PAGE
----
I have been finally realizing ideas for ‘sound sculptures’ this year, and two are now making the rounds : I have a ‘video gtr sculpture’, Hwy Song, which has just come back from exhibition in Copenhagen and will be included in the ‘Sonic Boom’ show at the Hayward Gallery in London in April 2000. Another, El Oido (“The Ear”), a condensed ‘sound box’ version of a recent installation work, is currently on exhibition as part of the permanent collection of the Vedute Foundation in Amsterdam, and slated to come to NYC sometime in the autumn of 2000.

COULD YOU GIVE US YOUR BIBLIOGRAPHY ?

Writings :

JRNLS80s. Soft Skull Press, 12/1998.
Journals loosely tracing the rise of Sonic Youth through the Eighties.

Moroccan Journal: Jajouka excerpt. Ring Tarigh Press, 1997.
Chapbook, text by Ranaldo /photos by Singer, from longer Moroccan book to follow.

Bookstore. Hozomeen Press, 1995.
longer selections, also with photos (color/B+W) by Leah Singer.

Road Movies. Soft Skull Press, 1994.
poems and journals, with photos (B+W) by Leah Singer.

Solo Recordings:

DIRTY WINDOWS. CD. Barooni/Atavistic. April 99. spoken word and music.

AMARILLO RAMP (for Robert Smithson). CD Starlight Furniture, USA. 1998. solo guitar, etc

CLOUDS–Ranaldo/Hooker/O’Rourke/Gebbia—VICTORIAVILLE CONCERT, MAY 1997. CD. Victo, Dec 1997. Live Victoriaville festival concert also featuring Jim O’Rourke and Gianni Gebbia.

THE GIFT OF TONGUES. With William Hooker and Zeena Parkins. CD. Knitting Factory Works, 1996.

EAST JESUS: SOME RECORDINGS: 1981-91. CD. Blast First/WIRE magazine, 1994; Atavistic May 95.

SCRIPTURES OF THE GOLDEN ETERNITY. CD/LP. Drunken Fish/Father Yod, 1994-5.

ENVISIONING: Lee Ranaldo/William Hooker. CD. Knitting Factory Works, 1995.

BROKEN CIRCLE/SPIRAL HILL. CD/7”. Starlight Furniture Company, 1995.

GATE: BOSTON & NYC. MICHAEL MORLEY, LEE RANALDO, ZEENA PARKINS. CD. Poon Village, 1995.

FROM HERE TO INFINITY. real time re-edit for cassette/CD release. SST/Blast First records. June 1988.

FROM HERE TO INFINITY. locked-groove record. SST/Blast First records. June 1987.

Feb 16 2000

Dear Lee Ranaldo,
I read the translation to your interview, it’s okay. It’ll be out next
month, we’ll send you three copies at this time. I’m sorry than you don’t answer to the question on blues influence and on the relationship between music and litterary, but it’s your choice, it’s okay. About my questions to the young writers, I don’t ask your writer prefered, your tennisman prefered, it’s not that sort of questions, I mean it’s interresting than you open french readers on new writers in usa (since Ginsberg, Burroughs and more recently Kathy Acker, there is nothing really inteestng who arrived here, just palimpseste writing, things like Auster or Banks).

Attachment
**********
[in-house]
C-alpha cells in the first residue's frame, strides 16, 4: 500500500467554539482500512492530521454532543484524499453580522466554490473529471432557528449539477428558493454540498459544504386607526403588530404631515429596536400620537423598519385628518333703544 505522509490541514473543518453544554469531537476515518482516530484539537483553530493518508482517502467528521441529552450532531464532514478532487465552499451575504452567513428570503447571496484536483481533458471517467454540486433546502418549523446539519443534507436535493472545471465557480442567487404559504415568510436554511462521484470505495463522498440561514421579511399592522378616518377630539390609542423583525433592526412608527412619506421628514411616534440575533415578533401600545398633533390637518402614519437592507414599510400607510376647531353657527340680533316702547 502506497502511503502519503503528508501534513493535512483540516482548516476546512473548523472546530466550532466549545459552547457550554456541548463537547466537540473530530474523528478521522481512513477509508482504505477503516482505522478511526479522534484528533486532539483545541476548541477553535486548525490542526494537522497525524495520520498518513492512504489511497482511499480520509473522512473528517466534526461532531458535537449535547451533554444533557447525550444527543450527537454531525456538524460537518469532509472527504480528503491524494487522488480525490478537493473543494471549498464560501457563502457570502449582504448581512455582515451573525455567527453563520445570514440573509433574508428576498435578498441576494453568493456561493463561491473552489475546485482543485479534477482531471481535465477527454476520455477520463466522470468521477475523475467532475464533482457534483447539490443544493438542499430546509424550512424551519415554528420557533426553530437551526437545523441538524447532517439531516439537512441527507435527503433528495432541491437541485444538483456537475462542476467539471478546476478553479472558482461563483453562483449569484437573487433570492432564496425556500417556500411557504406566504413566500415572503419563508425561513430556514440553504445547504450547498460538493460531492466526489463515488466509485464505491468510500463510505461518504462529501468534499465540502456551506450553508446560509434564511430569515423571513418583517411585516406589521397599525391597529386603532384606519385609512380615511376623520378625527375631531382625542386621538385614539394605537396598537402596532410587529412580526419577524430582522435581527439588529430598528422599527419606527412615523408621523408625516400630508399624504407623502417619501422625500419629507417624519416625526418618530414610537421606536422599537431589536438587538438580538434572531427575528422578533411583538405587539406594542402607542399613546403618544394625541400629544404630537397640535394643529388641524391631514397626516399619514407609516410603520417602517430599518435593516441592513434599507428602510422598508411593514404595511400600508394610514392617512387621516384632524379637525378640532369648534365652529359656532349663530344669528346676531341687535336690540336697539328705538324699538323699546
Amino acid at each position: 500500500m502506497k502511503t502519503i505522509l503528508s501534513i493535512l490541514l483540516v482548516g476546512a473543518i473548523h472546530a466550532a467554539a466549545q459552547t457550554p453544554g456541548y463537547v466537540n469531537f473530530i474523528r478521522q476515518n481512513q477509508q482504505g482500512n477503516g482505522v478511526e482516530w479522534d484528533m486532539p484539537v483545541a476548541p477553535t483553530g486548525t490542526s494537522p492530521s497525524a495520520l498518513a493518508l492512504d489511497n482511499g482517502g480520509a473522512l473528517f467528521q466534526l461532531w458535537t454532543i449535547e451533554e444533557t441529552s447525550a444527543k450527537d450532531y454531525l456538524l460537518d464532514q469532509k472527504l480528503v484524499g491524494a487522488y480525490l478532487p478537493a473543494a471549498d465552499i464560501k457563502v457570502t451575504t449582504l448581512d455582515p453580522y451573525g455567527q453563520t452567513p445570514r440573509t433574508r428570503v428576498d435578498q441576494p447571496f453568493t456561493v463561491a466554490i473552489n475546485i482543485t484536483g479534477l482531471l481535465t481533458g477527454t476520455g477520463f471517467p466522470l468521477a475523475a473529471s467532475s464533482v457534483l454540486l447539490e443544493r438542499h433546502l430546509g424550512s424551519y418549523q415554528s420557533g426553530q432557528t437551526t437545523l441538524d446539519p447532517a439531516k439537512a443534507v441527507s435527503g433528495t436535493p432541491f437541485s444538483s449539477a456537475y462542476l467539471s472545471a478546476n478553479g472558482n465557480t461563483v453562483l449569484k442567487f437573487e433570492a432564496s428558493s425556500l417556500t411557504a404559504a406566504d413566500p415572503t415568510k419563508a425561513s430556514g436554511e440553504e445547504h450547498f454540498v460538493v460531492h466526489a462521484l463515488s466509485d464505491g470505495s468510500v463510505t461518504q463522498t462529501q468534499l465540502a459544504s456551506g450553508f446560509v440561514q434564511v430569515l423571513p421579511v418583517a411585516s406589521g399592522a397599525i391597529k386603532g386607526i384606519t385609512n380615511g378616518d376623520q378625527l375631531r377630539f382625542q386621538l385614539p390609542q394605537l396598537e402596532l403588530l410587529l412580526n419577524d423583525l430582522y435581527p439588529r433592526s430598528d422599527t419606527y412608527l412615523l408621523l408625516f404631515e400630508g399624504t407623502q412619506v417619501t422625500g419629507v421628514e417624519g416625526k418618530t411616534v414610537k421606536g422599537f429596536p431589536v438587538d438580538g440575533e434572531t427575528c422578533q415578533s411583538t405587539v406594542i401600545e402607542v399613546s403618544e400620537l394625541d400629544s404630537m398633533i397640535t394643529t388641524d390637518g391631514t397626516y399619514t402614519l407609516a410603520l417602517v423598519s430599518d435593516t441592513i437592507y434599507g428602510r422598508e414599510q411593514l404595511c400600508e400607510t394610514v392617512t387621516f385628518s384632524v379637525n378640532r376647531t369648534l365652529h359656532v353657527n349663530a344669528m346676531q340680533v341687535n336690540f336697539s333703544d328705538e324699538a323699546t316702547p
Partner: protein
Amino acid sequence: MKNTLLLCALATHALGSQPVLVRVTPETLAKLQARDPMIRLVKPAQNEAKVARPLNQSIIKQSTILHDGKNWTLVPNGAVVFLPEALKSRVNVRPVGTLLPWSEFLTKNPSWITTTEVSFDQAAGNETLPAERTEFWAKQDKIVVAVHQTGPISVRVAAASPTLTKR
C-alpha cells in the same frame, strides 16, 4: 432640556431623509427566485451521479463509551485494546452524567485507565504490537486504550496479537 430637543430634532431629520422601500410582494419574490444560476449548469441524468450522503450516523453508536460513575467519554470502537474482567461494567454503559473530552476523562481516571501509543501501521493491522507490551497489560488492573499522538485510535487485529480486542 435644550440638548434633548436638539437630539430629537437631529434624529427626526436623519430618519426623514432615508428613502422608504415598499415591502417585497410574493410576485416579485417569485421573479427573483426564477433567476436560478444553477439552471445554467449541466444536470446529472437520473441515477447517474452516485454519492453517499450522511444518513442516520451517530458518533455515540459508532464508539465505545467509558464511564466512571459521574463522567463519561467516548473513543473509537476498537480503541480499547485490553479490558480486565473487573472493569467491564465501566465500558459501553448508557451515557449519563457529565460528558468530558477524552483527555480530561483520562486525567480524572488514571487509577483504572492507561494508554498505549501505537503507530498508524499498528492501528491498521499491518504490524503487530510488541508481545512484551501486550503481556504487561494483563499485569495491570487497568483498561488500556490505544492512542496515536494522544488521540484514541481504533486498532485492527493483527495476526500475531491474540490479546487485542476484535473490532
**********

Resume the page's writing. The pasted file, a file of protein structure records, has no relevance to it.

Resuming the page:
Thanks a lot for your contribution, your patience and your kindness.
Best regards,

Michel.

HEY MICHEL

i wish i couldve answered each one but it was a formidable interview–i wasn’t ready for it! a hard one! some of my answers i was trying for another kind of poetry, not gereral ‘honest’ answers. it wasn’t about the tennisplayer, it was about THE FOCUS… casting the vision sideways… trying to move around the question to say something about the question and the task of answering the question. my blues hero, yr blues hero HERO is HERO and archetype.
I’m still reading Ginsberg, still reading Paul Bowles, and mostly currently reading non-fiction (a history of Africa, that sort of thing…) and otherwise my own writing, i’m in a period of looking at my words and right now not many others are getting in. but they will. soon. i’ve been editing our Moroccan Journal’ book, it’s been taking time. And doing visual art–i coulda talked about that for hours…

i don’t remember my bluesman memory, music is all rolling into one heap of pictures to be juxtaposed at will…

hee hee…

Rokk on, can’t wait to see.

Lee

consider this the addendum…